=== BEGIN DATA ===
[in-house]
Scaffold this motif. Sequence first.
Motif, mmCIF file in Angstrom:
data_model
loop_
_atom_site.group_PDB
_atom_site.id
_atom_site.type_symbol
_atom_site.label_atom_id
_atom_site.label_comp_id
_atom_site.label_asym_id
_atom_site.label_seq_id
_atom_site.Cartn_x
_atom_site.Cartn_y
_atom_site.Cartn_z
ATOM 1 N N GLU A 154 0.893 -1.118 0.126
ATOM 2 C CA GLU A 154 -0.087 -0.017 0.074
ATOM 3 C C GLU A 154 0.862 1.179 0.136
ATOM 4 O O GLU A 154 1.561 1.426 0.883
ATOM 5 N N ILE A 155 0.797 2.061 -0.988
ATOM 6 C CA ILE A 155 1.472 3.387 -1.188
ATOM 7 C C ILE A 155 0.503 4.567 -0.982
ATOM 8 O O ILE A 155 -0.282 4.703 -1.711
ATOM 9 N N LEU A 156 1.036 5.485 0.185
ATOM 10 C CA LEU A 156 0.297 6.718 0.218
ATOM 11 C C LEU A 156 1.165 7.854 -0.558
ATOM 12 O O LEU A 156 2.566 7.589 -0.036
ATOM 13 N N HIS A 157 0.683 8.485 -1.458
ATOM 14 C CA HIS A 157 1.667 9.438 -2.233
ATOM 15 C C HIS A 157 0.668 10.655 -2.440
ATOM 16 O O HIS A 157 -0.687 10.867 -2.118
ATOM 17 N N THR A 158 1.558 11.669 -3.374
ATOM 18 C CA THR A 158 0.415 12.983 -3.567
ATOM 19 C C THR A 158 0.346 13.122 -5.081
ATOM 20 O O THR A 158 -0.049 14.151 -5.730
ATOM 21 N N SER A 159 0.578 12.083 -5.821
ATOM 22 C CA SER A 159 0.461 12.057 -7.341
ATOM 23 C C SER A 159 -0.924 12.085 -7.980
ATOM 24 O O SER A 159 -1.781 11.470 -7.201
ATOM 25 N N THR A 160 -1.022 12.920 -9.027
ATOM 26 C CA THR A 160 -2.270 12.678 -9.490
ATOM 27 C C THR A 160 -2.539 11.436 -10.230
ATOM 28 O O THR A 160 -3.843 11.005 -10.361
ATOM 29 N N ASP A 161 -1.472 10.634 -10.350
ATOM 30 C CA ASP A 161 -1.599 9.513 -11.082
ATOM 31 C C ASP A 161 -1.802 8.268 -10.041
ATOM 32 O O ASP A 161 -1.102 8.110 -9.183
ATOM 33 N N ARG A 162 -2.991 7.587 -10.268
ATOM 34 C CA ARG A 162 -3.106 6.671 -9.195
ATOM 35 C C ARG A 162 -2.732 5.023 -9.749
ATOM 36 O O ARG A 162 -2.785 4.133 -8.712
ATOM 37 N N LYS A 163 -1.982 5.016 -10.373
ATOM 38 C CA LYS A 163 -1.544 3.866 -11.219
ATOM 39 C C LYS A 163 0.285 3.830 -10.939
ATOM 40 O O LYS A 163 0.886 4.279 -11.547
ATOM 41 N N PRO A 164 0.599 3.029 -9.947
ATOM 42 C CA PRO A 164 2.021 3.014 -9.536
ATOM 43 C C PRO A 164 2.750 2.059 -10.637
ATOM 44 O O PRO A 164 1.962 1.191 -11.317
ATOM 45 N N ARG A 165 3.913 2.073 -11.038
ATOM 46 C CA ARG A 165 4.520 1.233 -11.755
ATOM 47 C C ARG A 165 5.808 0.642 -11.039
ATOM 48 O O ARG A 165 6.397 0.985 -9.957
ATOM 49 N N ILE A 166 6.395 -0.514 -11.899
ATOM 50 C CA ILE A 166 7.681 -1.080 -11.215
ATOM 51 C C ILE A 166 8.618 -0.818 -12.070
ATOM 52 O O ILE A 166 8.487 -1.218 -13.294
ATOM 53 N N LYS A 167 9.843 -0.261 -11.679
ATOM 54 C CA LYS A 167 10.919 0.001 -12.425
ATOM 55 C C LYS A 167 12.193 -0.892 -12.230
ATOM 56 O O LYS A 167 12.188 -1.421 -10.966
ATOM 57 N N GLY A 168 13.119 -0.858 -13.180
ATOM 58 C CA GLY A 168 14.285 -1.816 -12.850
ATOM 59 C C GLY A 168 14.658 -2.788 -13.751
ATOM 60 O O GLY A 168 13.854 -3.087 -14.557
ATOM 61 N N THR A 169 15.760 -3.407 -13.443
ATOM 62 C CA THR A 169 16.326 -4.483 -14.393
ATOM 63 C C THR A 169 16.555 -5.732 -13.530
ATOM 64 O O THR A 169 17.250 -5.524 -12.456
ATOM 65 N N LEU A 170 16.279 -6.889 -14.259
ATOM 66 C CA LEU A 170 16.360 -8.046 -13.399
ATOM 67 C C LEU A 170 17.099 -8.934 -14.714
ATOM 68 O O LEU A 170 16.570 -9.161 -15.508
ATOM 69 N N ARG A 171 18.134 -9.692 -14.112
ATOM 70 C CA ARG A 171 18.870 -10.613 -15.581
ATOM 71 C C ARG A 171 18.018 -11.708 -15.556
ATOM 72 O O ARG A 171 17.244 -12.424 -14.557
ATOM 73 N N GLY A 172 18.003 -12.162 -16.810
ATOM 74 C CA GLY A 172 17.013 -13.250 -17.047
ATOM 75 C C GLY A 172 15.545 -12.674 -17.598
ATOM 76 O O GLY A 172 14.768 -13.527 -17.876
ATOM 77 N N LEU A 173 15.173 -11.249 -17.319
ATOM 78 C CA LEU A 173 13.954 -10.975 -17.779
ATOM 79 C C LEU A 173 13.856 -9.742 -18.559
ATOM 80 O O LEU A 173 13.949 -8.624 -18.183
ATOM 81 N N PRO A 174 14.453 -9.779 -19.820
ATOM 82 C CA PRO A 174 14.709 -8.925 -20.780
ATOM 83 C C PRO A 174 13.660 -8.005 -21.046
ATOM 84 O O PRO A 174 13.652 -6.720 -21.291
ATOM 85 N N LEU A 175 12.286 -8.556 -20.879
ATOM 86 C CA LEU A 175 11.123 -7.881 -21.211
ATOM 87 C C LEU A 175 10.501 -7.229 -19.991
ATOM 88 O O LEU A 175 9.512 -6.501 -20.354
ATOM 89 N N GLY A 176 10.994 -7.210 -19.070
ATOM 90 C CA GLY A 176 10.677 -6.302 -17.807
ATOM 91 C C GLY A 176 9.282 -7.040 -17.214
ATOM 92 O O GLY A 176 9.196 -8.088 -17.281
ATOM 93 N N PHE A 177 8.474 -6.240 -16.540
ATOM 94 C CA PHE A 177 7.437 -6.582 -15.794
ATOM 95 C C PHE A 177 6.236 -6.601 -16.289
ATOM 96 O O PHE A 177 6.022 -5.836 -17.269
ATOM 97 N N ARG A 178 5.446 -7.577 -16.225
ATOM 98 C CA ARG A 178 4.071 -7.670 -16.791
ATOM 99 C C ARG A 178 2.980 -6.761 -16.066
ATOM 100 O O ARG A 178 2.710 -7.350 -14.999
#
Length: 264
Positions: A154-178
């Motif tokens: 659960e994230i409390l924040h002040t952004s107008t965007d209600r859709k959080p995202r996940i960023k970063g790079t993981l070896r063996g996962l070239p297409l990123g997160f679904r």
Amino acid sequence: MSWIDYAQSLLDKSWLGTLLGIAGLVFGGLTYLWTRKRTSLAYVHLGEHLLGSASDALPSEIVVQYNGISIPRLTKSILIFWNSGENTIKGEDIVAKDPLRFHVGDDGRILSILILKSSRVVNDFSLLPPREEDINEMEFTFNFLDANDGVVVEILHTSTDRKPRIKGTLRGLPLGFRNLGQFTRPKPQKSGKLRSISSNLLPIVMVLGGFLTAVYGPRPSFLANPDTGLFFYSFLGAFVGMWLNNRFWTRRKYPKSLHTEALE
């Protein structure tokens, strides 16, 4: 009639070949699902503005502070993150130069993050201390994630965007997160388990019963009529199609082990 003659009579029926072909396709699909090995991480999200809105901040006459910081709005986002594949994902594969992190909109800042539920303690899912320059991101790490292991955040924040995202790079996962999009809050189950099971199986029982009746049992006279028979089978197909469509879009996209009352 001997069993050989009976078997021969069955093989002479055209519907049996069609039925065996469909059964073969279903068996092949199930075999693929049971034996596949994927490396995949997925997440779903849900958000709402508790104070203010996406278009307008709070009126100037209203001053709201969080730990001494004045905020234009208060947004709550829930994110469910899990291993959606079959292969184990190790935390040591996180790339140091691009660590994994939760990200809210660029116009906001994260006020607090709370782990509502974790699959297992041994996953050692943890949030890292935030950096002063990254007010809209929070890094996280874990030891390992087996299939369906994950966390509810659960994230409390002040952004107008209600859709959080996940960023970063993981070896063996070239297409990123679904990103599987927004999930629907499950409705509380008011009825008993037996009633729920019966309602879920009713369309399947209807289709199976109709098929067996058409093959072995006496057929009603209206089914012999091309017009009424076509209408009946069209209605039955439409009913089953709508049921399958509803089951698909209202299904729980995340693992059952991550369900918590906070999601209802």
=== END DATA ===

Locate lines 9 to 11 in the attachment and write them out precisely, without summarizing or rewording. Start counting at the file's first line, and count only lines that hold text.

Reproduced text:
_atom_site.label_atom_id
_atom_site.label_comp_id
_atom_site.label_asym_id